It’s 5 or 6 times easier and cheaper to get your existing customers to buy from you again as it is to go out and get new leads. So we need to be sure our customer service is top notch and that we consistently deliver good service.

  1. Set boundaries

It’s important to set boundaries and share them with people who need to know.

Boundaries are the rules you set in order to keep things separate. This could include rules for when you’ll be working on your business and when you’ll be spending time in your personal life, doing personal hobbies or spending time with family and friends.

It can be difficult to maintain these boundaries sometimes, for example if we’re working from home with small children around. But the key is to set them, put them in your diary and let people know when they can expect you to be available.

This could be as simple as setting up an automated email that the sender of an email to you receives to let them know when they can expect you to reply to their email. Or you might leave a message on your telephone voicemail to let people know when you’ll be listening to their message.

As a business owner and leader, boundaries are also important between your team members and you as the boss. Don’t try to be best friends with your team – that’s not how you manage team performance. Be kind, compassionate and inclusive, but then draw the line, the boundary, that separates the boss from the team, whatever that needs to look like in your business.

  1. Know your numbers

A significant barrier to business success is the difficulty women in business encounter with accessing financial resources. Being under capitalised will often hinder our prospects and confidence for growth so it’s a good idea to find the best likely sources of grants and funding in your area. Depending where you are in your business journey, there may be grants available from your Local Enterprise Partnership. Some banks will sponsor individuals in entrepreneurial business education programmes.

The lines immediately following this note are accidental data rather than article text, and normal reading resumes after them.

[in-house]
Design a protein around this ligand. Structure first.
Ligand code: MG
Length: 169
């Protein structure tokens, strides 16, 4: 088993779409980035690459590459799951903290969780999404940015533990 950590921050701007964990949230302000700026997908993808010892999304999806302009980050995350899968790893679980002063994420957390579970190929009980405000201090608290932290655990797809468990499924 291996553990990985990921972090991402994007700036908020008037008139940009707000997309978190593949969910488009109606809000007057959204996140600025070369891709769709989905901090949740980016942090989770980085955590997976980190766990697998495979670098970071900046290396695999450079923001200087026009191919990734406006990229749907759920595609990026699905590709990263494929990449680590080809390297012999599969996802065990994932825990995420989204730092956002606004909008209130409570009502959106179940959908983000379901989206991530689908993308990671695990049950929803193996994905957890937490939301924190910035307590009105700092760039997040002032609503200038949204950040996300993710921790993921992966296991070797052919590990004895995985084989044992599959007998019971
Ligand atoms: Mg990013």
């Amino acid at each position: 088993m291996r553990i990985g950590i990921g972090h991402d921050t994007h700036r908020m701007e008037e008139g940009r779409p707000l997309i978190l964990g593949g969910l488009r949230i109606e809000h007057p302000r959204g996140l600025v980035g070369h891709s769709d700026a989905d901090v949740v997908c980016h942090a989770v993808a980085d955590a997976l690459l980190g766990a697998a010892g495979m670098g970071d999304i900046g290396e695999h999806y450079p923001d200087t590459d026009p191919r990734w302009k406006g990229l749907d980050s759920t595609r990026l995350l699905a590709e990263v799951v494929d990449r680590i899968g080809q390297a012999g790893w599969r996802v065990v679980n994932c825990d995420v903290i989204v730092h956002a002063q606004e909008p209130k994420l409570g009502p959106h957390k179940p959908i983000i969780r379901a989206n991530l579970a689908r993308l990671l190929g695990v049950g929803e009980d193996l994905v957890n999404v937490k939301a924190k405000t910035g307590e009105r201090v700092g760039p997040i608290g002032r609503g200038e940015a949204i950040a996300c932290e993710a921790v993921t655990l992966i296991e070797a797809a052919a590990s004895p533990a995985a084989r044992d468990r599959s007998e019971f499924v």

One of the issues I’ve found working with women owned businesses is that women often bury their heads in the sand when it comes to understanding and owning their business numbers.

Business numbers include your basic financial numbers such as your break even, fixed costs, lines of expenses, revenue, profit, profit margins, how to price and the difference between mark up and margin.

But we also need to know the numbers relating to our marketing activities: how much effort do we need to put into our marketing activities (how many are we running at any one time) and what return are we getting.

80% of marketing doesn’t work so we need to keep a close eye on the marketing numbers to work out which activities need to be adjusted or stopped altogether to avoid making expensive errors of judgement. Find the 20% that do work and keep going with those.

5. Choose fun – every time

Being in business can be a rollercoaster with its flying highs and sinking lows. That is how it is and it’s the same in life generally. If we only enjoy the flying high times, then we leave ourselves living in misery for the rest of the time. That’s not what life is about. Life is supposed to be fun. We have the choice whether to wait for the good times to let ourselves have fun, or to choose to find something fun in everything around us.

It’s said that “what’s fun gets done”. So we can choose to stop doing the stuff that’s no fun, or we get to choose to find a way to turn it into a game and make it fun. Try it!

If you have any questions  or would like to discuss anything in this blog, please get in touch.